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Indian Presence at Games Falls Short

Olympics: Despite efforts to showcase tribes from across the country, only five from Utah will participate.


SALT LAKE CITY — Larry Blackhair has spent three years encouraging more than 250 Indian tribes across the country to showcase their culture and commerce at the 2002 Winter Olympics.

But when the world tunes into the Games next week, only the five tribes of Utah will be participating.

Blackhair said no other tribes expressed interest in the Olympics. Some tribal leaders, however, said they were interested but never received effective guidance on how to participate.

Others said they felt no compelling reason to show a Native American presence at the Olympics.

"I'm excited for the tribes that are involved, because this will be the world's largest billboard," said Blackhair, a member of a local Ute Indian tribe, for which this state is named. "I don't want to give this a negative spin. It hasn't worked out as we thought it would, but I'm still excited."

The Native American communities' fractured efforts to better capitalize on a global television audience reflect historical difficulties coordinating the nation's tribes. As sovereign nations, the tribes seldom work together--and frequently compete--except on matters of overriding importance involving federal policies, such as Indian casinos, reservation trusts and social services.

Expectations for Native American involvement were high, given the emotional impact when aboriginal runner Cathy Freeman lighted the Olympic caldron at the 2000 Summer Games in Sydney. (In these Winter Games, one U.S. athlete is a Native American: Naomi Lang, a four-time U.S. champion ice dancer and a member of the Karuk tribe near Sacramento.)

Olympic organizing officials say no other U.S.-hosted Games have sought the tribes' involvement to such a degree. Despite intentions, however, their presence will be minimal.

It will start Monday, when the Olympic torch crosses into Utah and into the hands of five Native Americans, including Blackhair. The tribes also will be represented during the opening ceremony's cast of thousands.

The most prominent Native American display during the 17-day Olympic run will come from the Navajo Nation, the largest tribe in the U.S. with 250,000 members and whose reservation spreads into Utah. Though the Navajo Nation contributed financially to the joint Indian effort, it plans to showcase its art, culture and economic opportunities inside its own $1.5-million pavilion, constructed alongside a new outdoor shopping mall downtown.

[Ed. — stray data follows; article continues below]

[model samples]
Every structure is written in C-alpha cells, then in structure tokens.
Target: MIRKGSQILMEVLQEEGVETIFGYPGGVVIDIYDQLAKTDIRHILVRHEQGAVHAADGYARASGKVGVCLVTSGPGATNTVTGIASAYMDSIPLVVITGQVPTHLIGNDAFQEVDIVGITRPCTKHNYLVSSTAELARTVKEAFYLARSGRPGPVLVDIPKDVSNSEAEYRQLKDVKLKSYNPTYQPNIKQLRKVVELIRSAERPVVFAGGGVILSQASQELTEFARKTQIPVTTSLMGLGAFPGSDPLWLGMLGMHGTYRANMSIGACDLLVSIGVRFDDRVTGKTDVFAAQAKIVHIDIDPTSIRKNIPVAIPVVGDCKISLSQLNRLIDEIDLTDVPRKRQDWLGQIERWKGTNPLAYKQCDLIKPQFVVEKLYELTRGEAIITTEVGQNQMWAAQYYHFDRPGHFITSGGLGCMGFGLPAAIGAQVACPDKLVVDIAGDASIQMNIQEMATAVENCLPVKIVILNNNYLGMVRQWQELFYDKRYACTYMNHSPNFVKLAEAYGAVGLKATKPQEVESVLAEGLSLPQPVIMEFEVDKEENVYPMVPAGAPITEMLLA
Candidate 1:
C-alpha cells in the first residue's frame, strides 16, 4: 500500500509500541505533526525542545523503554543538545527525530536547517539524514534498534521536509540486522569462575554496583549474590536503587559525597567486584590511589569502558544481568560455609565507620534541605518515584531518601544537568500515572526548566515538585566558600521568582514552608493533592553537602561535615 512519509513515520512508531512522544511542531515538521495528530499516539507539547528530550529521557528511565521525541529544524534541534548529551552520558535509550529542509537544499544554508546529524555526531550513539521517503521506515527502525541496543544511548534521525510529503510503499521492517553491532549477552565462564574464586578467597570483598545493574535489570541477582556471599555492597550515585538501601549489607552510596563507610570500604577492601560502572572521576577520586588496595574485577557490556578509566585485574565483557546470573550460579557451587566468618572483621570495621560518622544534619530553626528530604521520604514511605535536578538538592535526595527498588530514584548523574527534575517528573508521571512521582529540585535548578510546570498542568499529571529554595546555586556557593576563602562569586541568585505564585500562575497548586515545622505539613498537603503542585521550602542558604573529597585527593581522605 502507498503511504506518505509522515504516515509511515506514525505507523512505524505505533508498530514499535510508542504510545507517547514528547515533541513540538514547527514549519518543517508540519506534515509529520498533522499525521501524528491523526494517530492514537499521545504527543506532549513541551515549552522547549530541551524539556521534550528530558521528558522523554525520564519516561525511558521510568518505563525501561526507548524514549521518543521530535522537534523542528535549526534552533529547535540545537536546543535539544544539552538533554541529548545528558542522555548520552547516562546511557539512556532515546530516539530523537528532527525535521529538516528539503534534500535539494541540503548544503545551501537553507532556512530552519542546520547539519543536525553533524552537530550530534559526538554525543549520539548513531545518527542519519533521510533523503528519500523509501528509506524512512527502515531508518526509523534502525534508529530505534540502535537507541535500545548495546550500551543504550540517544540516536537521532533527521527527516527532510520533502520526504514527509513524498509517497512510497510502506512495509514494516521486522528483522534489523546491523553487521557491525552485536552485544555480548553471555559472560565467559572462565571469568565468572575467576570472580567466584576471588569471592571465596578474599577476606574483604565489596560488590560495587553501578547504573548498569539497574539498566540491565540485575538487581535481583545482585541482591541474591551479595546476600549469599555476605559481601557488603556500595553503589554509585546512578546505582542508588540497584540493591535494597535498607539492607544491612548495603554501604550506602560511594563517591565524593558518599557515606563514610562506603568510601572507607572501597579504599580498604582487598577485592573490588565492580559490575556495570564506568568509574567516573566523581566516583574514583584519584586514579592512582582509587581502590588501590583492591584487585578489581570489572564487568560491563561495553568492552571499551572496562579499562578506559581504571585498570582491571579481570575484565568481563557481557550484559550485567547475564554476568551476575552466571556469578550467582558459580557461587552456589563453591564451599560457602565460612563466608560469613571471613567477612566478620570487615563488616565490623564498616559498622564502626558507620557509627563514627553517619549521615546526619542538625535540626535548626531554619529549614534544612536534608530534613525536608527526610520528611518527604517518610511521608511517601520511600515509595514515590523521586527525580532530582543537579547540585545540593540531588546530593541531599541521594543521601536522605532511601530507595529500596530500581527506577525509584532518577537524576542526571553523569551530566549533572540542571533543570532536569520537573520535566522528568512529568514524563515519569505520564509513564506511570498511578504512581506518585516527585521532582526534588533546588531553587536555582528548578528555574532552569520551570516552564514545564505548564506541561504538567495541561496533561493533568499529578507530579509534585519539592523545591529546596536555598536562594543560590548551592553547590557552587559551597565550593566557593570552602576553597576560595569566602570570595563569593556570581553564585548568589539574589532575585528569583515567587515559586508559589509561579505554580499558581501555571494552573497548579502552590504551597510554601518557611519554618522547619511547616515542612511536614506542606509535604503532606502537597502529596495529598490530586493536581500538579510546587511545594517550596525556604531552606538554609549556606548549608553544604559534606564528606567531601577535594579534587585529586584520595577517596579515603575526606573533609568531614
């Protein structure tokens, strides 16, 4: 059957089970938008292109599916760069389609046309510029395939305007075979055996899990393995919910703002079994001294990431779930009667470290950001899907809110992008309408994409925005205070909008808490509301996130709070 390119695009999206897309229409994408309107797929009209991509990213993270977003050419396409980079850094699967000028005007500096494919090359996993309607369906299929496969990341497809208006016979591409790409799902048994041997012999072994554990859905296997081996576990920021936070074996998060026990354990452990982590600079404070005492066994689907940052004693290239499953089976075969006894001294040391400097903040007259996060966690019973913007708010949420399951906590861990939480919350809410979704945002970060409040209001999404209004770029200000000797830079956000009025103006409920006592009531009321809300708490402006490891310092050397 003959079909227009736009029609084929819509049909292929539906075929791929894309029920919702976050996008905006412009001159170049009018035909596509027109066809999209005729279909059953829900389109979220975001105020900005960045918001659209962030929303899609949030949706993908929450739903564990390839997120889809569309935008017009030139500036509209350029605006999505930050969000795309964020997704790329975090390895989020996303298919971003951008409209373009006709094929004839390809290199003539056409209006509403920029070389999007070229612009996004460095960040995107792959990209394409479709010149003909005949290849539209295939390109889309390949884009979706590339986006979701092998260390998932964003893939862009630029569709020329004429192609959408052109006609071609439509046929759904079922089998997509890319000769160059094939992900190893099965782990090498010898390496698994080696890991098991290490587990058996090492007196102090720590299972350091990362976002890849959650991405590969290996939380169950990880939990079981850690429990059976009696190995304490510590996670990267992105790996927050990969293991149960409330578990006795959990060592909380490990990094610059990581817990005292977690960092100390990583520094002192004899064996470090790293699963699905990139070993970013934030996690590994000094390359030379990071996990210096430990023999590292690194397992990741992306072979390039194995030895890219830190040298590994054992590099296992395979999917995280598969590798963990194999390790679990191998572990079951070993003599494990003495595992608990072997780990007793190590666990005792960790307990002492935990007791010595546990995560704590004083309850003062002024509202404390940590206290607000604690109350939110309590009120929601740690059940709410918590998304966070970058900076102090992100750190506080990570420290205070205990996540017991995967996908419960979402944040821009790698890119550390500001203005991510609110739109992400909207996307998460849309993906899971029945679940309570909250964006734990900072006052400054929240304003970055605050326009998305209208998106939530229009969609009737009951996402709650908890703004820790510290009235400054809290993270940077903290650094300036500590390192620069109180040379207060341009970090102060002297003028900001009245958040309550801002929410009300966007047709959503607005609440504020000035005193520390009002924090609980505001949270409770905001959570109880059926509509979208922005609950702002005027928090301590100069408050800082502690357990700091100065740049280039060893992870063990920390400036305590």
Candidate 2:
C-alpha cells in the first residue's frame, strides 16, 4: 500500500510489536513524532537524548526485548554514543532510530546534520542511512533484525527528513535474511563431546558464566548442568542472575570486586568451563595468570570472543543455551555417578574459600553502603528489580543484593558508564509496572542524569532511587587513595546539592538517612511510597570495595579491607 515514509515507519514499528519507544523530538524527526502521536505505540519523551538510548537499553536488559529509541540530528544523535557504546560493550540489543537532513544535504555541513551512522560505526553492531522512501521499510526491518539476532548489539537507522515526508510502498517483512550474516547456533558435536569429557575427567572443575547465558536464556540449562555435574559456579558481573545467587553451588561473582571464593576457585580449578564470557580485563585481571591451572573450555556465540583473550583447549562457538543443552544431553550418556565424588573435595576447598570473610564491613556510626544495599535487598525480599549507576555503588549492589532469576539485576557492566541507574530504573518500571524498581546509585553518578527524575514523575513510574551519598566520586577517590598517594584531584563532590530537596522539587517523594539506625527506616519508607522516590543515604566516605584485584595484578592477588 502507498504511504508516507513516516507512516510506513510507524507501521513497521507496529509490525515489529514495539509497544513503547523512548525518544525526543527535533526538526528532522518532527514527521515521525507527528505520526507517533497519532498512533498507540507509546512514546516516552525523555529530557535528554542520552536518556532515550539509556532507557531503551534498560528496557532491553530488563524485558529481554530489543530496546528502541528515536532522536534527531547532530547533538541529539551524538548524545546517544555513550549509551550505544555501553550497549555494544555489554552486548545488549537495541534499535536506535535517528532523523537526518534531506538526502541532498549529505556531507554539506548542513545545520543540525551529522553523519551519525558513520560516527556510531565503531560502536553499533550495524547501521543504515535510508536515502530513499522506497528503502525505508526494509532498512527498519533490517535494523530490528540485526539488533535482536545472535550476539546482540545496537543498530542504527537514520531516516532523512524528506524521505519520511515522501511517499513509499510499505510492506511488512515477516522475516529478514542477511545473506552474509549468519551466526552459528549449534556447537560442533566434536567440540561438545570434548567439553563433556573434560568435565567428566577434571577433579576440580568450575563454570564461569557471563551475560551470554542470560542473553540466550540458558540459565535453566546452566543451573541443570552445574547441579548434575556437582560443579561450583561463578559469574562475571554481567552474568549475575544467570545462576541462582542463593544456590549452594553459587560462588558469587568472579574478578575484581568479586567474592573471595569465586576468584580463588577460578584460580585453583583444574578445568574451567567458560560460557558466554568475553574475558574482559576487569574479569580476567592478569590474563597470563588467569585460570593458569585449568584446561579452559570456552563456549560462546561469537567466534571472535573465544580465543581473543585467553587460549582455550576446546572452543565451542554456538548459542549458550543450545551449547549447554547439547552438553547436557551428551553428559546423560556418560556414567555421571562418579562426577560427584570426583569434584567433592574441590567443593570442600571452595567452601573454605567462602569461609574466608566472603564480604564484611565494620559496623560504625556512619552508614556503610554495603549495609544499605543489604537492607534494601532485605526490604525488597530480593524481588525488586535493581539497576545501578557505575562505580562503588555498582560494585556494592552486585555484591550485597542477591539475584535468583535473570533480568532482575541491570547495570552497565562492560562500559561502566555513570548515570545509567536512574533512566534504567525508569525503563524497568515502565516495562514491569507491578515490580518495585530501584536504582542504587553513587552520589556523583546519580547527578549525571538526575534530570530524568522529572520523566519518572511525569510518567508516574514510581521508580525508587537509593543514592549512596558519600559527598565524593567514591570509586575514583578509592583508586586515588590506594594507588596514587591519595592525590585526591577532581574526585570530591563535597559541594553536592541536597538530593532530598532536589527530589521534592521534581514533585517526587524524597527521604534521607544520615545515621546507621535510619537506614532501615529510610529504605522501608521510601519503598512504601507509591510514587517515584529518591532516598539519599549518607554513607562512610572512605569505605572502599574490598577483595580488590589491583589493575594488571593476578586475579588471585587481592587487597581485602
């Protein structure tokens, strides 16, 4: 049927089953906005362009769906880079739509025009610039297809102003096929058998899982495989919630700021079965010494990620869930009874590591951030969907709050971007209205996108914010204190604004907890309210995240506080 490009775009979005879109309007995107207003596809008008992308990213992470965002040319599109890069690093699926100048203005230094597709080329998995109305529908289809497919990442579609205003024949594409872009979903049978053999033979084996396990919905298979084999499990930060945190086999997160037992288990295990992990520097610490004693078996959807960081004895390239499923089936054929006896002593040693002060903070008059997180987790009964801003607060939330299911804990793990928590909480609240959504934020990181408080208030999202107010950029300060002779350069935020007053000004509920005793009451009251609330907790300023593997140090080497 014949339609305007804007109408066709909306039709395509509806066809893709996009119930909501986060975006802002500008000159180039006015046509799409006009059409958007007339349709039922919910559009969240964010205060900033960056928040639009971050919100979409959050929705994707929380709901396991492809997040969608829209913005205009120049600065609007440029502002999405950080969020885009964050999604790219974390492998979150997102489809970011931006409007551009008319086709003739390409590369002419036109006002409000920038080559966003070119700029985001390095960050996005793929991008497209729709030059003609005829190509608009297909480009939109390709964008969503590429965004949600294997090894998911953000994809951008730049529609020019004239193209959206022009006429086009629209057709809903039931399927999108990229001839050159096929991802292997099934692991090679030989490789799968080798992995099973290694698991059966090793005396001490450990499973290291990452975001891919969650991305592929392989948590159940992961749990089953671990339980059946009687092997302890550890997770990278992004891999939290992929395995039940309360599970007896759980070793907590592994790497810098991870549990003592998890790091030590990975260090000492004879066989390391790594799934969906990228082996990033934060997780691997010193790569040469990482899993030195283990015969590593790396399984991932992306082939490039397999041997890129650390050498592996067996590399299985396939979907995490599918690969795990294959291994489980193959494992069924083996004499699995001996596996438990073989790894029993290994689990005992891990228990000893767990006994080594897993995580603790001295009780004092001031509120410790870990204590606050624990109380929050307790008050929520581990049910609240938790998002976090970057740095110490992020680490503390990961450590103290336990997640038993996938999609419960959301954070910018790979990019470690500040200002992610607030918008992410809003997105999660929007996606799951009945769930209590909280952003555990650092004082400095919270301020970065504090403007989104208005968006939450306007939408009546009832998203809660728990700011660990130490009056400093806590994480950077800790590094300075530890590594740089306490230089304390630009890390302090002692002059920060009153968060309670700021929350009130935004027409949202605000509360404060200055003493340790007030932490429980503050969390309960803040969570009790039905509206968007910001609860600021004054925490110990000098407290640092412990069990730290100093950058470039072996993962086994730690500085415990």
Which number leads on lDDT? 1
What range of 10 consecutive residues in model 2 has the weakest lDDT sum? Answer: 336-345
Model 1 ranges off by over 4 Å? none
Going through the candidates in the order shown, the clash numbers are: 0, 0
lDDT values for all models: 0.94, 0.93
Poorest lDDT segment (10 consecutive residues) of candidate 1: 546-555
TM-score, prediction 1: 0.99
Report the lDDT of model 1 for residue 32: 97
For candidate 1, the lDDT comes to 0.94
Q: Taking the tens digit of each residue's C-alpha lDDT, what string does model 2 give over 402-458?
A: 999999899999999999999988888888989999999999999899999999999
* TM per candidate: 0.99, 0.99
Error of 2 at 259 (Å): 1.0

"We want to generate new dollars on our reservation, and this is a tourism-related event in our backyard," said Roberta John, spokesperson for the tribe. "We want the world--and corporate America--to see us."

Utah's other four tribes, meanwhile, will share a 55-foot-tall tepee that is being constructed near Olympic skiing events outside Park City. On Tuesday, large steel girders leaned skyward against one another, awaiting their canvas draping.

Of about $70,000 that Blackhair raised, $25,000 was spent on the tepee. It's unclear how much money will be left over to fill its interior with displays and entertainment, said Blackhair, who will retain about 10% of the total funds as his fund-raising fee.

Efforts to coordinate Indian involvement in the Games stumbled despite an early start in 1998, when Blackhair began his work at the request of Utah Tribal Leaders, which represents the state's tribal councils.

Forrest Cuch, executive director of the Utah Division of Indian Affairs, contacted Olympic organizers on behalf of the tribes. "We had to knock on the door a few times, just to call their attention to the need to involve us, but once we got through, they were quick to open up to us," he said.

Ed Eynon, senior vice president for international relations for the Salt Lake Organizing Committee, said the Indians' participation would add a "Western flavor" to the Games and help the tribes counter stereotypes.

"Their culture is part of the tapestry of the area," said Don Mischer, producer of the Games' opening ceremonies. "It's important they be represented in the ceremonies, as an element of the American West."

While Olympic organizers were happy to highlight the Indian culture, Blackhair was left to organize the effort. He established the Native American 2002 Foundation and said he sent out letters and e-mails to the nation's tribes to seek participation. But the one-man effort quickly fell apart because of disorganization or lack of interest.

Among his single largest contributions was $15,000 from the Shoshone-Bannock Indians in Idaho. Tribal leaders said they were told by Blackhair that the donation would buy them the designation of "host tribe" for the Olympics. When informed that they instead would simply be the host tribe for the foundation, they withdrew their participation.

California tribes are absent too, even though Blackhair said he specifically sought their involvement because of their wealth accrued from casinos.

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